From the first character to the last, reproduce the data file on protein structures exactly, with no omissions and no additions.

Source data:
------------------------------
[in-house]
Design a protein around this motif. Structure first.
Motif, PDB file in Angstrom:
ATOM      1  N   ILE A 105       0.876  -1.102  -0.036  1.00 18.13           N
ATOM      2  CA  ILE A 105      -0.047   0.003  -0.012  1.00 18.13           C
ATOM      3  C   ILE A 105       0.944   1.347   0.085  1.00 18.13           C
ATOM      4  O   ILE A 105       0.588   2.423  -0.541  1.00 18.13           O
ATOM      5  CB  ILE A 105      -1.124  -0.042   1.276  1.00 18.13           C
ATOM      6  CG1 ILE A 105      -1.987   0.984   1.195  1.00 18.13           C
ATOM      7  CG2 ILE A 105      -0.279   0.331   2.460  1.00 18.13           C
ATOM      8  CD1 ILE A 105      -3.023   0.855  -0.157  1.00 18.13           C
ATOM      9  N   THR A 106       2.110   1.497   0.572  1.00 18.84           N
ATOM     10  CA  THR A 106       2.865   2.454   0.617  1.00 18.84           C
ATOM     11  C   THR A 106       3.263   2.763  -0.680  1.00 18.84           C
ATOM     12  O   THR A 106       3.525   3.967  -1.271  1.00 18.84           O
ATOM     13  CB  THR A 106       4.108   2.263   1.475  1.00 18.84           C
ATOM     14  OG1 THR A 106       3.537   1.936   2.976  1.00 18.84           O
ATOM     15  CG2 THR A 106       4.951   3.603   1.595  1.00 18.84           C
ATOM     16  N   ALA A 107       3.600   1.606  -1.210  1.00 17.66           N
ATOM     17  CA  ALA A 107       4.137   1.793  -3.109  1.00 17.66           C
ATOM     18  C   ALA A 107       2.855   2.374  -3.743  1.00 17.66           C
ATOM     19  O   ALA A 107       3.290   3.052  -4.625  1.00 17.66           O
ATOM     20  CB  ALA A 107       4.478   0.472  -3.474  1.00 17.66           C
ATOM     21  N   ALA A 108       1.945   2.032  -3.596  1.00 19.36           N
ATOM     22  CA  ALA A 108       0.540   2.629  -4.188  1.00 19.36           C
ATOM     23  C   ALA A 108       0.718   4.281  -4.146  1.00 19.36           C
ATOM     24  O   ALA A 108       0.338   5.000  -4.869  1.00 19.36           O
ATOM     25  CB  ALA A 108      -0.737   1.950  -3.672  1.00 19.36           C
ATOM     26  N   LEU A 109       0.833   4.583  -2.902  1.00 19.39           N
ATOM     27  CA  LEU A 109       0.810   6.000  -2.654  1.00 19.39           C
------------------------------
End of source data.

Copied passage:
[in-house]
Design a protein around this motif. Structure first.
Motif, PDB file in Angstrom:
ATOM      1  N   ILE A 105       0.876  -1.102  -0.036  1.00 18.13           N
ATOM      2  CA  ILE A 105      -0.047   0.003  -0.012  1.00 18.13           C
ATOM      3  C   ILE A 105       0.944   1.347   0.085  1.00 18.13           C
ATOM      4  O   ILE A 105       0.588   2.423  -0.541  1.00 18.13           O
ATOM      5  CB  ILE A 105      -1.124  -0.042   1.276  1.00 18.13           C
ATOM      6  CG1 ILE A 105      -1.987   0.984   1.195  1.00 18.13           C
ATOM      7  CG2 ILE A 105      -0.279   0.331   2.460  1.00 18.13           C
ATOM      8  CD1 ILE A 105      -3.023   0.855  -0.157  1.00 18.13           C
ATOM      9  N   THR A 106       2.110   1.497   0.572  1.00 18.84           N
ATOM     10  CA  THR A 106       2.865   2.454   0.617  1.00 18.84           C
ATOM     11  C   THR A 106       3.263   2.763  -0.680  1.00 18.84           C
ATOM     12  O   THR A 106       3.525   3.967  -1.271  1.00 18.84           O
ATOM     13  CB  THR A 106       4.108   2.263   1.475  1.00 18.84           C
ATOM     14  OG1 THR A 106       3.537   1.936   2.976  1.00 18.84           O
ATOM     15  CG2 THR A 106       4.951   3.603   1.595  1.00 18.84           C
ATOM     16  N   ALA A 107       3.600   1.606  -1.210  1.00 17.66           N
ATOM     17  CA  ALA A 107       4.137   1.793  -3.109  1.00 17.66           C
ATOM     18  C   ALA A 107       2.855   2.374  -3.743  1.00 17.66           C
ATOM     19  O   ALA A 107       3.290   3.052  -4.625  1.00 17.66           O
ATOM     20  CB  ALA A 107       4.478   0.472  -3.474  1.00 17.66           C
ATOM     21  N   ALA A 108       1.945   2.032  -3.596  1.00 19.36           N
ATOM     22  CA  ALA A 108       0.540   2.629  -4.188  1.00 19.36           C
ATOM     23  C   ALA A 108       0.718   4.281  -4.146  1.00 19.36           C
ATOM     24  O   ALA A 108       0.338   5.000  -4.869  1.00 19.36           O
ATOM     25  CB  ALA A 108      -0.737   1.950  -3.672  1.00 19.36           C
ATOM     26  N   LEU A 109       0.833   4.583  -2.902  1.00 19.39           N
ATOM     27  CA  LEU A 109       0.810   6.000  -2.654  1.00 19.39           C